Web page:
Da Silva-Simmons Traditional Tang Soo Do

The Small But Mighty Karate Team with Big Dreams

Article by Arliss Velhuizen

Photography by Lytebox Photography

Originally published in Frederick Lifestyle

During the July 4th holiday, a team of 20 from Brunswick, Maryland, arrived in Las Vegas for the 2022 AAU Taekwondo National Championships. Competing against well over 100 teams made up of about 3300 competitors from across the country, the Da Silva-Simmons Karate team walked away from the big city with 39 gold medals, 19 silver medals and 17 bronze medals in various sparring and forms events! They are also celebrating rising 7th grader, Madeleine Yepez, who was named to the AAU National Point Sparring Team! 

Meet Master Tim Simmons, as his students call him. Raised two blocks from his current studio located in Brunswick, his journey with Tang Soo Do began in the fall of 1979, when he saw a demonstration by Master William Wickham. His interest was sparked immediately, and he was set on a path that would keep him deeply invested in karate longer than he could have  anticipated. About 10 years later, he achieved his First Degree  Black Belt and would go on to earn a myriad of awards and accolades–including earning first place or the title of Grand Champion in over 200 tournaments, from 1988 to  2012. And he didn’t stop at competing as a martial artist himself. Over the years, he has taught and trained countless students at various studios, even going so far as to coach and train for Team USA in 2016, with six of those students earning World Championship medals that year. Truth be told, it was no simple road to get there. In fact, Tim ended up taking a long hiatus from karate–one that he intended to keep him out of the sport for good. 

Come the late 90s, Tim was more than ready for a change. By September of 2002, he’d opened Wing’n Pizza Shack in Brunswick and it was a total hit. He’d completely left the martial arts life behind and all ties to it, and didn’t plan on looking back.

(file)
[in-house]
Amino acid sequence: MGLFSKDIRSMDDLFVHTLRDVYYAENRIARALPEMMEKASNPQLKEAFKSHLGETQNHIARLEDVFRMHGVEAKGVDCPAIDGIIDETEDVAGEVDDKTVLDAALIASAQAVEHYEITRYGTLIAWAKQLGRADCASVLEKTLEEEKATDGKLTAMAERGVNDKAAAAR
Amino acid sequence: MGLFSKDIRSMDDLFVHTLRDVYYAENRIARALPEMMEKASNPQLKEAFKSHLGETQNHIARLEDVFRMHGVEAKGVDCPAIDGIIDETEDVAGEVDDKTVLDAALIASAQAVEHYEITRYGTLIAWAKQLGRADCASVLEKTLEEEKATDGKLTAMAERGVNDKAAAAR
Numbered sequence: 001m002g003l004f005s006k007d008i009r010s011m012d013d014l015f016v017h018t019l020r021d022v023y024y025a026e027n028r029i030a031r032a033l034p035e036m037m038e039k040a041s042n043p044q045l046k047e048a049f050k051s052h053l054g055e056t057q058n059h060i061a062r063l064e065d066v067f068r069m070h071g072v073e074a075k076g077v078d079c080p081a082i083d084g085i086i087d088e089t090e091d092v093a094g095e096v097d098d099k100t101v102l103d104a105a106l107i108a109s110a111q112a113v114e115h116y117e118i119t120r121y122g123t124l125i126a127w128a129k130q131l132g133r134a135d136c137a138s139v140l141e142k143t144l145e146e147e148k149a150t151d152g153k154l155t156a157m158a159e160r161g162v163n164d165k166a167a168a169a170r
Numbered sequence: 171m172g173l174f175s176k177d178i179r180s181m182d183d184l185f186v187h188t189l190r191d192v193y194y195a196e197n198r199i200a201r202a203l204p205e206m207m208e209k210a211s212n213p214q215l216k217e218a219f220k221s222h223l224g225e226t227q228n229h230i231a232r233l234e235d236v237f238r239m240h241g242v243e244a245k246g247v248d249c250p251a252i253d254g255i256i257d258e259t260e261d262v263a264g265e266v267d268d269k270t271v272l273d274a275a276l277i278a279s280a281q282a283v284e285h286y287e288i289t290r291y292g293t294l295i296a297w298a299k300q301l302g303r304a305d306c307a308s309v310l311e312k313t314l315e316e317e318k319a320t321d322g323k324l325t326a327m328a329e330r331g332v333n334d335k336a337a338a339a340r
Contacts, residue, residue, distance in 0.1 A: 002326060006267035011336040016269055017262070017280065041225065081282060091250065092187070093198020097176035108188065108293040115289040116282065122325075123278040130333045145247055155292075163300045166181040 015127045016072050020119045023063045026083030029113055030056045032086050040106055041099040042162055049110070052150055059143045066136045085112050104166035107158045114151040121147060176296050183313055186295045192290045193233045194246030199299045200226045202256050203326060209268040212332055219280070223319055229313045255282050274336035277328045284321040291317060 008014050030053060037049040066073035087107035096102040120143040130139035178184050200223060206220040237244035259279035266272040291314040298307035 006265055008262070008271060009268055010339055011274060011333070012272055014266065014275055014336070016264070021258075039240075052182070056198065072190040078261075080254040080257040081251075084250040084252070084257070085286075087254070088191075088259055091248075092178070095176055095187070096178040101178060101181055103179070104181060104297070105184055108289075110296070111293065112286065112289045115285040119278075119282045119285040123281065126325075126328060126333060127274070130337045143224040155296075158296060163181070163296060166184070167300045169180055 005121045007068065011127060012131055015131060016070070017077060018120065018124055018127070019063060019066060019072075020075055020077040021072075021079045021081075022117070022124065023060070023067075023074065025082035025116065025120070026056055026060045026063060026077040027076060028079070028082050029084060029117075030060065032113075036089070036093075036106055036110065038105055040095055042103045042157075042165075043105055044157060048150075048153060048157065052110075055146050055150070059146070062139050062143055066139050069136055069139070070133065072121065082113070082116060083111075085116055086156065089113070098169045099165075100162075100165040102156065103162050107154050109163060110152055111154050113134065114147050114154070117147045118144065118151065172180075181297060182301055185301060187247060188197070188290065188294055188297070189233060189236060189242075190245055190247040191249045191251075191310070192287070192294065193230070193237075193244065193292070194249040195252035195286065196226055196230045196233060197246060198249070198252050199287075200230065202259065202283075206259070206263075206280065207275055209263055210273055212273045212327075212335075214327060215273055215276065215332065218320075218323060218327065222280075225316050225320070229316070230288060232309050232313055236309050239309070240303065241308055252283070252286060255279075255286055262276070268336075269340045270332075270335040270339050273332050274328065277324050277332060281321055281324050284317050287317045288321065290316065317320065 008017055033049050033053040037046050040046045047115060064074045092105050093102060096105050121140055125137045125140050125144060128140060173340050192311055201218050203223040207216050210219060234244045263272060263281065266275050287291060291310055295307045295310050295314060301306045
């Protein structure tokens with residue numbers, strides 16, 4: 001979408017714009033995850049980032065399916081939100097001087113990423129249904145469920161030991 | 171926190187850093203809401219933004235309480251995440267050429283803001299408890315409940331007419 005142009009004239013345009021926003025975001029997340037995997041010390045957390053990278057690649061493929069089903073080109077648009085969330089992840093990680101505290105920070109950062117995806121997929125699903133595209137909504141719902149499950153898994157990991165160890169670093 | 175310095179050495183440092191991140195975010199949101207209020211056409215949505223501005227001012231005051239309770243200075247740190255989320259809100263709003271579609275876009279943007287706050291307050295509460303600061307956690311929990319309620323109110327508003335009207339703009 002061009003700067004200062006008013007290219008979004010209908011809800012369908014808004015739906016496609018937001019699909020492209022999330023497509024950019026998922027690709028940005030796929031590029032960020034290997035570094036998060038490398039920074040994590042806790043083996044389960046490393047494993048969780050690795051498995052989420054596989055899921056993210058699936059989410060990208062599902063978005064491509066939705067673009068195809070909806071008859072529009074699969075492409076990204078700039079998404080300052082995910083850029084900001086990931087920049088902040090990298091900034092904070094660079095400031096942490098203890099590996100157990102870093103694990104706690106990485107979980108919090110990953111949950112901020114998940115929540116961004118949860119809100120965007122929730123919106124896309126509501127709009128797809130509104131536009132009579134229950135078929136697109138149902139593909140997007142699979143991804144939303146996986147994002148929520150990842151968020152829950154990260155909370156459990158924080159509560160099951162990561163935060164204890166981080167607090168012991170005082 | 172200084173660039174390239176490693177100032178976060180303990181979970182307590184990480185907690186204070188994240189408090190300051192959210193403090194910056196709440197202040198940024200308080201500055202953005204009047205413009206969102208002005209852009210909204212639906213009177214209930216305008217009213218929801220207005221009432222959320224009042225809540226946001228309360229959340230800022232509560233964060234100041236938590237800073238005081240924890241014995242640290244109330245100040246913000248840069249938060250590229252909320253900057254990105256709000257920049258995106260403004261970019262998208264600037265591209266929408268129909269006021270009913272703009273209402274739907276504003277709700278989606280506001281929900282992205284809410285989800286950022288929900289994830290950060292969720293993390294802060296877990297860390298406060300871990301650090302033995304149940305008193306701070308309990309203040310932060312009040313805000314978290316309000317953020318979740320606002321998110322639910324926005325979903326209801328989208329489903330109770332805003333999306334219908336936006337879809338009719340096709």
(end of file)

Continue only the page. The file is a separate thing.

“...when I walked away, I was a young, burned-out martial arts instructor,” he reflected. “And a lot of it could’ve just been that I was young and immature…but like I said, I taught hundreds and hundreds of kids and had lots of success. I just was tired…since 1979, it was nonstop. My whole life was consumed by martial arts.”

Little did he know that his journey with the sport was far from over. His fiancé at the time had three young daughters. To his surprise, the youngest developed a persistent interest in karate, but she had no idea that he had any history with it–nor did anyone else who hadn’t known him while he was involved in the sport. Then one day, Tim’s sister finally gave him away, and she encouraged him to help the girls get started.  

His plan? To introduce the girls to Master Albano Da Silva—a long-time friend and  world-renowned martial artist—and get them started at his studio. The result? Master Da Silva ended up reserving an entire floor of his studio for Tim to train the girls himself–and, soon after, many other students as well. Not much later, Tim found himself back in the martial arts swing, and his class had quickly outgrown the space. It was time for a new studio. Two buildings later, Da SilvaSimmons Karate can be found in a moderately-sized studio on Souder Road, and Tim is more invested than ever–and he plans to stick around.